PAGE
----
MPI reviewed test reports supplied to them by Daily Organics over the past six years, and a verification conducted by their organisation last year, and said its investigations have found “nothing to support the allegations of elevated alcohol levels in Daily Organics kombucha”. 

MPI declined to provide these reports, or any details about who conducted these tests, the kinds of testing, or when in the production process they were performed. 

Arbuckle said “any information we request from companies as part of our investigations is only used for that purpose and we are unable to share this with third parties”. 

Why are our tests showing such boozy kombucha?

Brewers Association of New Zealand director Dylan Firth wondered if the high alcohol levels we have found were a result of a process called secondary fermentation - where fermentation can continue after a beverage has been bottled.

If this Kombucha was tested before bottling, this could explain why Daily Organics and MPI tests showed lower alcohol levels and our tests showed high levels of alcohol on the supermarket shelves.

Firth said ultimately the responsibility to ensure the alcohol level in the bottle matches the label is on the producer.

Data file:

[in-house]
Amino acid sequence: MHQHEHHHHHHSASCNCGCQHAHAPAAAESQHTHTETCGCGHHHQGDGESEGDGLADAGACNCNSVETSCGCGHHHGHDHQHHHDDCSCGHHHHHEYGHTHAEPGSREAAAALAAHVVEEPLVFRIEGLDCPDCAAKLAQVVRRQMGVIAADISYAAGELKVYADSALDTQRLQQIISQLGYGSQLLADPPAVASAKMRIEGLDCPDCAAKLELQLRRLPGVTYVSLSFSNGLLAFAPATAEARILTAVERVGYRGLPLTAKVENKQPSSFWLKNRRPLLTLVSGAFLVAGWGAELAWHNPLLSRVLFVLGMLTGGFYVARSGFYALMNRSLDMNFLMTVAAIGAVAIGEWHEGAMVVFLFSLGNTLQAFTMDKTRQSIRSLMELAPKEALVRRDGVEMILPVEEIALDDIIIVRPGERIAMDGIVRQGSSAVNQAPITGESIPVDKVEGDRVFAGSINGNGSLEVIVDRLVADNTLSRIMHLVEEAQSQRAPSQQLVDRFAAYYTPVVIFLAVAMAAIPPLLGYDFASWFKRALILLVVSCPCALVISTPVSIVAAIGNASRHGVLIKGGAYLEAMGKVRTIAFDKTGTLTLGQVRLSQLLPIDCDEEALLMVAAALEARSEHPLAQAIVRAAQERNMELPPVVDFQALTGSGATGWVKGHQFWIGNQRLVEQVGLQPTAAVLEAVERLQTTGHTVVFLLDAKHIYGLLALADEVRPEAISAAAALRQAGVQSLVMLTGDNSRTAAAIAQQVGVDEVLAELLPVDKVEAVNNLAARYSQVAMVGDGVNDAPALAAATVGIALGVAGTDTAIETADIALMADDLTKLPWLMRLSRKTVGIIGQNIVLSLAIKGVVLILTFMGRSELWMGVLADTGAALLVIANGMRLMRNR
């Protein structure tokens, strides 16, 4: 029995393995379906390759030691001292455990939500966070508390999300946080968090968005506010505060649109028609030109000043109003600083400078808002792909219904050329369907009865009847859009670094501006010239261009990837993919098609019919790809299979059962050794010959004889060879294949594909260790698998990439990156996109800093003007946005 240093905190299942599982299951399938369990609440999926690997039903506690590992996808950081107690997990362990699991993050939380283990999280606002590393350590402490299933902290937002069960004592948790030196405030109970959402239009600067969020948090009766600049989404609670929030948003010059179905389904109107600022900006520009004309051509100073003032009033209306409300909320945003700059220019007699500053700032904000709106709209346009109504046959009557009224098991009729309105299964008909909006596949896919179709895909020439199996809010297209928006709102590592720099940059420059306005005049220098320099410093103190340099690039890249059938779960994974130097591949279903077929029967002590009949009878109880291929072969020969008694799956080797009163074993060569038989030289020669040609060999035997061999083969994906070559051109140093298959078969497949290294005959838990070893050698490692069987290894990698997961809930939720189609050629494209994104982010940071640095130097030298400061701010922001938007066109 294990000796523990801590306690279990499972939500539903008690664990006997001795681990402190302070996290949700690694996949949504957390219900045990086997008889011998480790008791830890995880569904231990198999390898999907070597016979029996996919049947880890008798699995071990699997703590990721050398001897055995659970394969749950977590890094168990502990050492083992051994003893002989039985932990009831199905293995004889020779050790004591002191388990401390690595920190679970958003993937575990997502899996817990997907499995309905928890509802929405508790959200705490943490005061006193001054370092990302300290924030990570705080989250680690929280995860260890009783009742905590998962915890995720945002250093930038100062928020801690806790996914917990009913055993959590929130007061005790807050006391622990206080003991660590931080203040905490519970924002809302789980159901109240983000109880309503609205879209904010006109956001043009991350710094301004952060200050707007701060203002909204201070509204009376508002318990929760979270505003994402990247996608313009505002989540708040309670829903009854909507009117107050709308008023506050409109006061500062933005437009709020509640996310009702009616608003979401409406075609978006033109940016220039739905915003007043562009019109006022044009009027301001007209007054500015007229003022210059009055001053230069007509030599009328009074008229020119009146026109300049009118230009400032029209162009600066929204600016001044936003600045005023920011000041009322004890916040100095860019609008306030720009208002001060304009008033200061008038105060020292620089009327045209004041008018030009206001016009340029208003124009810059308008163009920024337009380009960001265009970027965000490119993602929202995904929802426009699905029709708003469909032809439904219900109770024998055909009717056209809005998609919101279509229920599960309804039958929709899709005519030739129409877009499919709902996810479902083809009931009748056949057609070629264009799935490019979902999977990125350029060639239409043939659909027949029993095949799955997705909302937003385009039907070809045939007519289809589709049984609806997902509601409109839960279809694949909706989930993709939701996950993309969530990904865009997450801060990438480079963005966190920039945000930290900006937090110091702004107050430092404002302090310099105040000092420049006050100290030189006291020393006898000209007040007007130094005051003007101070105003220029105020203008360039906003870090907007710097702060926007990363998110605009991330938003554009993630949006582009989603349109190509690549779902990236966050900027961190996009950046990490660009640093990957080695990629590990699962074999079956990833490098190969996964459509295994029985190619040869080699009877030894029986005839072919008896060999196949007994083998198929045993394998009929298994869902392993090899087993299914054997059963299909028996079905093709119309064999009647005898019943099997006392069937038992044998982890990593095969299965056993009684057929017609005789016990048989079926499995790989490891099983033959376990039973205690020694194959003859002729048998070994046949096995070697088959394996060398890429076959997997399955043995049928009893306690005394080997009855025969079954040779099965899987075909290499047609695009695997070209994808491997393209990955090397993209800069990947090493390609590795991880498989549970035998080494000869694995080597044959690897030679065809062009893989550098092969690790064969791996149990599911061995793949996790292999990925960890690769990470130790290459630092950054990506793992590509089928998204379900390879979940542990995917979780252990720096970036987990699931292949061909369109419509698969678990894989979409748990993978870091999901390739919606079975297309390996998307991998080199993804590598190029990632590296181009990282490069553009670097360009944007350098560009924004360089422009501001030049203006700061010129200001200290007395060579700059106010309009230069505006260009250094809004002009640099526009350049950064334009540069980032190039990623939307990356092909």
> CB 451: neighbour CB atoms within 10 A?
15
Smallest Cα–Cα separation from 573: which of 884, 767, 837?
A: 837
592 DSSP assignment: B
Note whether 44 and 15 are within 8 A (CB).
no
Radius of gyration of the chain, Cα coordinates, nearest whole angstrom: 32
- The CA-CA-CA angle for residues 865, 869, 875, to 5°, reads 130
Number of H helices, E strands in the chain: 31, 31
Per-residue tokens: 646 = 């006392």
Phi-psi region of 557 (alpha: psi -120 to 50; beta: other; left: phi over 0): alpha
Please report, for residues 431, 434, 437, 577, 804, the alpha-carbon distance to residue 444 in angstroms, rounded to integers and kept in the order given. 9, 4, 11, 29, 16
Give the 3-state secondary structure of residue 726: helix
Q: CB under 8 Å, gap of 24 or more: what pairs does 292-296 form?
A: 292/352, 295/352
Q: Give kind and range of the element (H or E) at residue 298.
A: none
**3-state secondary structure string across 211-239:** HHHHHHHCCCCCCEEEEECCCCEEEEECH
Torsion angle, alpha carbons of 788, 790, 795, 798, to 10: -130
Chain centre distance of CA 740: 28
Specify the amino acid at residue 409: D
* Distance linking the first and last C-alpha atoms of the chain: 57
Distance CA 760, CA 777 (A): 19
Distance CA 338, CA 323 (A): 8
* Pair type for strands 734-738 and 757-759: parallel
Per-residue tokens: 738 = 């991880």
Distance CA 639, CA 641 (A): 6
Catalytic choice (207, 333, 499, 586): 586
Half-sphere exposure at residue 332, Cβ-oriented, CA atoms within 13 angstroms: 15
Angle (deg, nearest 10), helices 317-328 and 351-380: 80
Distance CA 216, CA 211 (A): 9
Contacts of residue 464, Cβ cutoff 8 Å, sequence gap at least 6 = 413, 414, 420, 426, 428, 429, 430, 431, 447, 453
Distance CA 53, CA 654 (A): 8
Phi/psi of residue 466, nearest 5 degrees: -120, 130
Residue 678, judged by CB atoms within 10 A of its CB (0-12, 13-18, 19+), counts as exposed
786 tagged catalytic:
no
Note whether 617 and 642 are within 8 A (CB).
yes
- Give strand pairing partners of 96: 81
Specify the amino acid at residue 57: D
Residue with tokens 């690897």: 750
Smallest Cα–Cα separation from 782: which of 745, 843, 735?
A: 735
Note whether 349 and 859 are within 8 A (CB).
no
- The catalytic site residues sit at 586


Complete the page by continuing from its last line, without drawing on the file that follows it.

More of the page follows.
Firth said the Daily Organics alcohol levels we’ve obtained are unacceptable, especially because they had this issue raised in the past and have clearly not addressed it.

“There are reasons we have these rules, because [alcohol] can be harmful. We expect businesses to meet the standards that are set out. Everyone works hard to meet them.”

Several other sources in the brewing industry raised further concerns about the taxes associated with Daily Organics Kombucha.

In Aotearoa, companies have to pay an additional tax on products with more than 1.15% alcohol - this is the duty you don’t have to pay when coming through international airports.

At 3.2% alcohol volume from the results we’ve obtained, Daily Organics would need to pay $1.06 in additional taxes on every bottle of Chai Spices and Ginger sold.

A tax they are not currently paying selling their products labelled as below 1.15% alcohol.